And a researcher said that the pre-K-12 interventions endorsed by the economists might not have the impact on student achievement the study predicts. The study endorses two preschool programs, the reduction of class sizes in elementary grades, and one high school intervention. It also predicts that an across-the-board 10 percent increase in teacher salaries would produce more high school graduates.
“I don’t think these are things that everyone agrees that there’s a large amount of vigorous research on,” said Marcus A. Winters, a senior research fellow at the Manhattan Institute, a think tank based in New York City.
For example, although the Tennessee study on class-size reduction cited by Mr. Levin and his co-authors documented long-term benefits of small classes in primary grades on students’ educational attainment, a program that reduced class sizes in California showed no such benefits in the 1990s, Mr. Winters said.
To account for such questions, Mr. Levin said, the study tries to estimate the full cost of implementing each of the interventions. With smaller classes, for instance, the analysis estimates the costs of expanding school buildings, providing teacher professional development, and recruiting and preparing high-quality teachers for the additional classes.
Return on Investment
The study is the first major product of the Center for Benefit-Cost Studies of Education at Teachers College. Mr. Levin is the co-director of the center along with Clive Belfield, an assistant professor of economics at the City University of New York. Mr. Belfield contributed to the study, as did Cecilia Rouse, a professor of economics and public affairs at Princeton, and Peter Muennig, an assistant professor of health policy and management at Columbia.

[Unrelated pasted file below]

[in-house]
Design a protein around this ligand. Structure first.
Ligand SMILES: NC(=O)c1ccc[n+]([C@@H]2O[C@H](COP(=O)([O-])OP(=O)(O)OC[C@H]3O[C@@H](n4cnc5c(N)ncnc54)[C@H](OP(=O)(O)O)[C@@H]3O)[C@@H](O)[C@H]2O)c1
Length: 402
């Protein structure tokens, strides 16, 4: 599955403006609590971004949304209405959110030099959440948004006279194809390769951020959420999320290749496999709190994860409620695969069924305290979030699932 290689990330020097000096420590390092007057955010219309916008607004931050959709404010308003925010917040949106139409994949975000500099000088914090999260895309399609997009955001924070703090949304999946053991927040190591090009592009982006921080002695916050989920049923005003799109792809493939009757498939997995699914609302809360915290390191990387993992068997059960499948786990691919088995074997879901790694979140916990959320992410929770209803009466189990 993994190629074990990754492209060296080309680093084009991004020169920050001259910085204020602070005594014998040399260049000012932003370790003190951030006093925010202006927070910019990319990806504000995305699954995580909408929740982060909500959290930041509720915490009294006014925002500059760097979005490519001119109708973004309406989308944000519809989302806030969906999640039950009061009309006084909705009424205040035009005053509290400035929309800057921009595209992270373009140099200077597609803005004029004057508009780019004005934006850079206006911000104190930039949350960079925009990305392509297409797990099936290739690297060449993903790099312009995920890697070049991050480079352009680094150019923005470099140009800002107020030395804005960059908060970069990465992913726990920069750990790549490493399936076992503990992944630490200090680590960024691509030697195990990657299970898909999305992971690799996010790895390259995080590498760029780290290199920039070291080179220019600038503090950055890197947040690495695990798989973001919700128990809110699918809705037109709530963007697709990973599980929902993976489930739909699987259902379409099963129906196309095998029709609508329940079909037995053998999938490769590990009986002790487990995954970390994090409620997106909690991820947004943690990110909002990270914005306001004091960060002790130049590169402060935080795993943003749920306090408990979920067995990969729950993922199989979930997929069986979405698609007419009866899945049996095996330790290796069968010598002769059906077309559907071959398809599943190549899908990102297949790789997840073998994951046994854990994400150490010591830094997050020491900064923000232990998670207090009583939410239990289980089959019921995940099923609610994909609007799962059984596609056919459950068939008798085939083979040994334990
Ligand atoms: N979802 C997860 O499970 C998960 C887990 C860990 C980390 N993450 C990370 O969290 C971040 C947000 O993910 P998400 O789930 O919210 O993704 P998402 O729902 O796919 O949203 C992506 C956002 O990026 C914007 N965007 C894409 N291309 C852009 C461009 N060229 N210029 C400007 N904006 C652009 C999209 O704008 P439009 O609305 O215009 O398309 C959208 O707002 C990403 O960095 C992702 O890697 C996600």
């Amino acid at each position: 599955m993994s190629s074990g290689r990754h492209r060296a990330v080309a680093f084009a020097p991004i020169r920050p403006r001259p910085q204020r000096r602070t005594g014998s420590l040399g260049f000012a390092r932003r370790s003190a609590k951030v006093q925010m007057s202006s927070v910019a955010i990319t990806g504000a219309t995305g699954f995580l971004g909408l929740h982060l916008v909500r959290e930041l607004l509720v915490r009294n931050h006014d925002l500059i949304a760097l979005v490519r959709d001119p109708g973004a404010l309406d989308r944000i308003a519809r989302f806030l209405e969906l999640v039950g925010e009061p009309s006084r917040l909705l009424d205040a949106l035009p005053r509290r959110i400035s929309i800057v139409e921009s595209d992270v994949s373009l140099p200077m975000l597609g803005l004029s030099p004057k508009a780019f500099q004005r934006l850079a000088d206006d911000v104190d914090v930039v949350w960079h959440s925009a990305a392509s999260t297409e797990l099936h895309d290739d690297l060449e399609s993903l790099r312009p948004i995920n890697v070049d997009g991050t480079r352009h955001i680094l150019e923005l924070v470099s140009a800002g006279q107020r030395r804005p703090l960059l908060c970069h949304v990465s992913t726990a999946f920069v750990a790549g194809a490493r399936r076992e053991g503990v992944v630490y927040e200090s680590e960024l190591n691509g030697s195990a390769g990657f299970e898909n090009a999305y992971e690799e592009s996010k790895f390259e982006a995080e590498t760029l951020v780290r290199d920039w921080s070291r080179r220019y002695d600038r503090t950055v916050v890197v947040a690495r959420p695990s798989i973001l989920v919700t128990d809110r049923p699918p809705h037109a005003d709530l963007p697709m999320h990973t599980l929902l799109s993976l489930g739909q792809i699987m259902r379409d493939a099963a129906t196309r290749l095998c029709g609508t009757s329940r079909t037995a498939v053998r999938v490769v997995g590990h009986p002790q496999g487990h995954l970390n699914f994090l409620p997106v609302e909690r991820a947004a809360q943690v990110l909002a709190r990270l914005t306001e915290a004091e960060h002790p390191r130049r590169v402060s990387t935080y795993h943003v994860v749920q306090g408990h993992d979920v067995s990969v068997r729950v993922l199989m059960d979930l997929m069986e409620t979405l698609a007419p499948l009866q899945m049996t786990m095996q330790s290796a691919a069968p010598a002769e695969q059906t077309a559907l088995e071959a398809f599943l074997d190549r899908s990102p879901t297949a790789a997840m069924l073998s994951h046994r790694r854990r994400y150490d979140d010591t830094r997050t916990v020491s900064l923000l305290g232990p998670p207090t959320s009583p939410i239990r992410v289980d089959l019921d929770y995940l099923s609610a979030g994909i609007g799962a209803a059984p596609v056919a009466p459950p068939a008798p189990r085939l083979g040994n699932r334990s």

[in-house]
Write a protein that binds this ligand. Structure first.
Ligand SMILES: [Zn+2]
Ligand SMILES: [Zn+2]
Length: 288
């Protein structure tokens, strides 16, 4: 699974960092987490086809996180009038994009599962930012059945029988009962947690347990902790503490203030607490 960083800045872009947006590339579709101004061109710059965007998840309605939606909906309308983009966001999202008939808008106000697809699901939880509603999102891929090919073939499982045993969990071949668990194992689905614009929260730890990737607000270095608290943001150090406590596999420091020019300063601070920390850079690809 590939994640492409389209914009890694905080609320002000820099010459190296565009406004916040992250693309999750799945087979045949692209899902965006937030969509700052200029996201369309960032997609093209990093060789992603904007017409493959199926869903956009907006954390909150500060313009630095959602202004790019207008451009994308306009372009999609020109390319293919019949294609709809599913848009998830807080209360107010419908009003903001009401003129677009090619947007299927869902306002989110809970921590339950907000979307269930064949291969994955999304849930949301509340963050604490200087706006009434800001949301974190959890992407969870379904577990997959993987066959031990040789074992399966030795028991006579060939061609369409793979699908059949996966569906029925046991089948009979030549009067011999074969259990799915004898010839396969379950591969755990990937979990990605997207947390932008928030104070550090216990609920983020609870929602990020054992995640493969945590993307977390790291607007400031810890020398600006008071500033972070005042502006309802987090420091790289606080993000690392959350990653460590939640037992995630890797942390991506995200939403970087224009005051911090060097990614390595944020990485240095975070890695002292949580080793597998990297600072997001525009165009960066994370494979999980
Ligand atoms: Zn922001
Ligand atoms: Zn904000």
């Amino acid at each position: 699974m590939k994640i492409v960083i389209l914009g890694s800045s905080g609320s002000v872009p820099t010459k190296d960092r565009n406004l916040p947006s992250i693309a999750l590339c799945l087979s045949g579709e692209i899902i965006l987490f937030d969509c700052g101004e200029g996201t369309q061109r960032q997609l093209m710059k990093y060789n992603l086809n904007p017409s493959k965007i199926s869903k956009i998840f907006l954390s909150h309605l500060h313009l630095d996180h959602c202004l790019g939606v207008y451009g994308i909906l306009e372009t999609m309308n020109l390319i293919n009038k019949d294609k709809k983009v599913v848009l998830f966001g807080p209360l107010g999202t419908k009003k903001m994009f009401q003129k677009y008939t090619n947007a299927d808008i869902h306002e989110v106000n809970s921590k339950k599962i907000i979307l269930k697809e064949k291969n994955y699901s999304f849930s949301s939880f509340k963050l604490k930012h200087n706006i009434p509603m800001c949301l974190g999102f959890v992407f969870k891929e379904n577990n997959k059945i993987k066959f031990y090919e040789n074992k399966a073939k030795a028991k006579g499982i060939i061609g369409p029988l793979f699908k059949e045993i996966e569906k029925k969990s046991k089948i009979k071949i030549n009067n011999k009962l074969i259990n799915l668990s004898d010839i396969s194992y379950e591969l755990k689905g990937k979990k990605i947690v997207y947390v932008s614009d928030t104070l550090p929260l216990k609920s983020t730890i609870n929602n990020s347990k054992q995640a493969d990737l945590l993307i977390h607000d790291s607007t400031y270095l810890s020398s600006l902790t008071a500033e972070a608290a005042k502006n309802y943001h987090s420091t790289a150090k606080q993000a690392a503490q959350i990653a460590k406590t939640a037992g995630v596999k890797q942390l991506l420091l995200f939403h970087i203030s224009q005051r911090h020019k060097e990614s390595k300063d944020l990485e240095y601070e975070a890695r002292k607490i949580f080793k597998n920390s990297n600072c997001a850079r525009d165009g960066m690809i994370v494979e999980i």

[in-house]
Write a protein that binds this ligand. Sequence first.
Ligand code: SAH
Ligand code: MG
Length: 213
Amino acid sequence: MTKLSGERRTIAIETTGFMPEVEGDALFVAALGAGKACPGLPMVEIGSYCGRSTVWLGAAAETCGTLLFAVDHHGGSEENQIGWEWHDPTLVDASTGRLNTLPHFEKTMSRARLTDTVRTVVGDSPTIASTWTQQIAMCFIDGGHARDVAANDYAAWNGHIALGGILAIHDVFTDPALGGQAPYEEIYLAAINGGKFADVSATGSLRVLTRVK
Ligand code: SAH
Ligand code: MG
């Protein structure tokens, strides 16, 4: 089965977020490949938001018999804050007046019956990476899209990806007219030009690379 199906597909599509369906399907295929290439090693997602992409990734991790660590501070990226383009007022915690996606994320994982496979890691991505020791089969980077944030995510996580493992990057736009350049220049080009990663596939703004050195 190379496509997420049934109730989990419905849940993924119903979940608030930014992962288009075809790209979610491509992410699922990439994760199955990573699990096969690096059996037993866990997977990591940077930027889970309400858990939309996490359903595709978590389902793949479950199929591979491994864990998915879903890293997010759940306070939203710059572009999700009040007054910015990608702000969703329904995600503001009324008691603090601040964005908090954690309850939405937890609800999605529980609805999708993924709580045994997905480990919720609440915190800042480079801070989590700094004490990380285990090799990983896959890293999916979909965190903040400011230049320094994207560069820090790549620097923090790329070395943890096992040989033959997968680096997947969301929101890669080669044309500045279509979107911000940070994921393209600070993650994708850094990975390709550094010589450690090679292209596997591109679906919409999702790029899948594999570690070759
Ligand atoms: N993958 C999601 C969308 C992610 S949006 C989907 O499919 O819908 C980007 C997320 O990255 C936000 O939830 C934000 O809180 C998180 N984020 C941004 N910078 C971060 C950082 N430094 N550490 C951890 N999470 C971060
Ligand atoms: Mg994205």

For the study, the researchers focused on identifying education programs that had documented an increase in the number of high school graduates. The programs that met the criteria were:
• The Perry Preschool program, a 1960s-born project based in Ypsilanti, Mich., that offers preschool for children and home visits and education for parents;
• The Chicago Child-Parent Centers, another 1960s model, which provides preschool for children and health and nutrition services for parents;
• The Tennessee Student Teacher Ratio Project, in the 1980s, which compared the achievement of students who attended schools with small class sizes with a control group; and
• First Things First, a comprehensive project for high schools that combines small class sizes and professional development for teachers, which showed a dramatic impact on high school graduation when fully implemented in Kansas City, Kan.
The fifth idea—raising teacher salaries—isn’t a specific intervention, but the authors found research to support its positive effect on high school graduation rates, Mr. Levin said.
Increasing salaries would create “a larger pool of talented people,” he said. “By combining higher salaries along with these other changes, … you’re really going to maximize the impact.”
Mr. Levin said that other interventions might be able to show achievement gains, but the authors could not find ones that resulted in better high school graduation rates. They chose that educational outcome, he said, because high school completion is correlated with success in the workplace and earnings.
Vol. 26, Issue 23, Pages 5,15